Under existing laws, it is the state governments which issue licenses for manufacture and sale of drugs. This Bill proposes to take over the drug licensing right from the state government and hand it over to the central government. If this amendment is passed by the parliament and drug licensing is centralised, thousands of small and medium sector drug manufacturing companies all over India will not be able to get their licenses and will be forced to close down; thousands of workers will lose jobs, and the self-employed will be deprived of their livelihood. Moreover the state governments will face difficulties in procurement of generic medicines and their health programmes will be seriously affected. Multinational and big companies will be monopolising the drug market. That is the reason as to why the Organisation of Pharmaceutical Producers of India (OPPI), the association of multinational drug firms, immediately came out in support of this Bill.

The other Object and Reason in the Bill is ‘setting up of a Central Drugs Authority’ (CDA). In this regard the Bill states, “The Central Drugs Authority shall consist of a chairperson and not more than five, but at the least three, members, to be appointed by the central government by notification in the Official Gazette.” And who should be the chairperson and members? The Bill states, “The chairperson and members of the Central Drugs Authority shall be appointed by the central government from amongst persons who have special knowledge of, and at the least fifteen years’ professional experience in pharmaceutical industry, etc.” Through this clause in the Bill there is enough scope for drug industry men to become chairperson/members of CDA.

The whole purpose of the Bill is to hand over the Central Drugs Authority to MNCs and big drug companies. They will “issue licenses under clause (c) of section 10, clause (c) of section 18” of the Act; “suspend any license issued;” “granting permission for conduct of clinical trials in respect of drugs and cosmetics;” “regulate manufacture for sale or for export or for distribution, or sale, stock or exhibition of drugs and cosmetics;” “regulate import of drugs and cosmetics;” etc and “shall regulate its own procedure.”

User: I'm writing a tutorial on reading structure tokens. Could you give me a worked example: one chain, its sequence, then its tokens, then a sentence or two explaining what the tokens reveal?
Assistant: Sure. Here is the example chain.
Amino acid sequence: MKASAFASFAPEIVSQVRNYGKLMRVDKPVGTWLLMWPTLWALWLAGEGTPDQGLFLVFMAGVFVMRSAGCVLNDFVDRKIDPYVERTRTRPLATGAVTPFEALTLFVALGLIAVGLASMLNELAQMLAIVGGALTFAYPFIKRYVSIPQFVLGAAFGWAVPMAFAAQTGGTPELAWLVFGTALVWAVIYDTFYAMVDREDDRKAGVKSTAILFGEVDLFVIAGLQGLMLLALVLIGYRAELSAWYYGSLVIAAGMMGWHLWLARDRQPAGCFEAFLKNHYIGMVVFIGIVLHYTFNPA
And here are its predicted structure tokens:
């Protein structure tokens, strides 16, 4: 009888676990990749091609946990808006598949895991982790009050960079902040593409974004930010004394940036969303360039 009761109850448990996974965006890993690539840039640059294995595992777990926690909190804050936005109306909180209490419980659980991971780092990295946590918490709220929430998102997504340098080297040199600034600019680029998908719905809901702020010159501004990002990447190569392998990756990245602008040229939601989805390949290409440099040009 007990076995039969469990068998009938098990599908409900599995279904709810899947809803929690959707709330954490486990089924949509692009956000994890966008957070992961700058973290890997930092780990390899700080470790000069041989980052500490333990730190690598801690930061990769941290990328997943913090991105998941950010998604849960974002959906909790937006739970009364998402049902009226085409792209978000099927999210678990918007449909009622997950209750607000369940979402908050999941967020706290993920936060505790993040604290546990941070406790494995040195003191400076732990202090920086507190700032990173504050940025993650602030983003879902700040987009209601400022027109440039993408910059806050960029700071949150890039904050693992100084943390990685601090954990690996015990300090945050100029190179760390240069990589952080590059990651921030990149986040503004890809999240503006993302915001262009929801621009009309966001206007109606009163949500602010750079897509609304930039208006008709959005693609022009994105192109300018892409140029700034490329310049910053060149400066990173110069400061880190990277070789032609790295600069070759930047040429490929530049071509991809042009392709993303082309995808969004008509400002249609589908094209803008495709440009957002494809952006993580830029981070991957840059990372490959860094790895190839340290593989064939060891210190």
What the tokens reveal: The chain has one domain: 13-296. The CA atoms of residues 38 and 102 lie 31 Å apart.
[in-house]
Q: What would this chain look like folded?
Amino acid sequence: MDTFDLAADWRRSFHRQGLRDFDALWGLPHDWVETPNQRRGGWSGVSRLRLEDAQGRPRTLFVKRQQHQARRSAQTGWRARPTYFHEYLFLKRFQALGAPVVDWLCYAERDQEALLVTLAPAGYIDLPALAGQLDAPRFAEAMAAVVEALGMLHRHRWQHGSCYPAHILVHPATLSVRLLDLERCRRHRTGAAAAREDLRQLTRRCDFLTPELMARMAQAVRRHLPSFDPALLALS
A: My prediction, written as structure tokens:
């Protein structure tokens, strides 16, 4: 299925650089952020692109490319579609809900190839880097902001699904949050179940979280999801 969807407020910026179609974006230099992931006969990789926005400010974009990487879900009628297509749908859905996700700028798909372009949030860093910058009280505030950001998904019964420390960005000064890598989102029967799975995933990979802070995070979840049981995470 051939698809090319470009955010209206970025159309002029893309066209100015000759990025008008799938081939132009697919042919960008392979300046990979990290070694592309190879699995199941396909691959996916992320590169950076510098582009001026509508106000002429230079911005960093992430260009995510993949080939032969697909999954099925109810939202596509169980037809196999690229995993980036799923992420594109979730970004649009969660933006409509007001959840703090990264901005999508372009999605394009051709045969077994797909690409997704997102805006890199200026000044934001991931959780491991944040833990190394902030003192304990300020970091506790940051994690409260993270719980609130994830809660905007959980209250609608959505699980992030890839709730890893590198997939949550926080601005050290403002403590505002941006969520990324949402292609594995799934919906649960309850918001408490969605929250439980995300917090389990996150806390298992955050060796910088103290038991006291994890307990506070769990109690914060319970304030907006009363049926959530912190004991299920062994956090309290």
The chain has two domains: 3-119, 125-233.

Not only that, “The Central Drugs Authority shall appoint a Drugs Controller (India), and such other officers and employees as it considers necessary for the efficient discharge of its functions and exercise of its powers under this Act.” And “The Drugs Controller (India) shall exercise the powers conferred upon him under this Act or the rules framed thereunder or assigned to him by the Central Drugs Authority.”

Today, the Drug Controller General (India) functions under the jurisdiction of the ministry of health and family welfare of the government of India. If the Bill is passed he will be acting as per dictates of drug industry.

The implications of the Bill are far reaching. It also raises the question on the future role of the State drug control mechanism; the licensing and control on drug distribution and sale etc. The critical area of outsourced clinical trials will be in the hands of CDA controlled and directed by drug companies. It will seriously affect national and states’ health programmes.

This Bill needs to be opposed both inside and outside the parliament.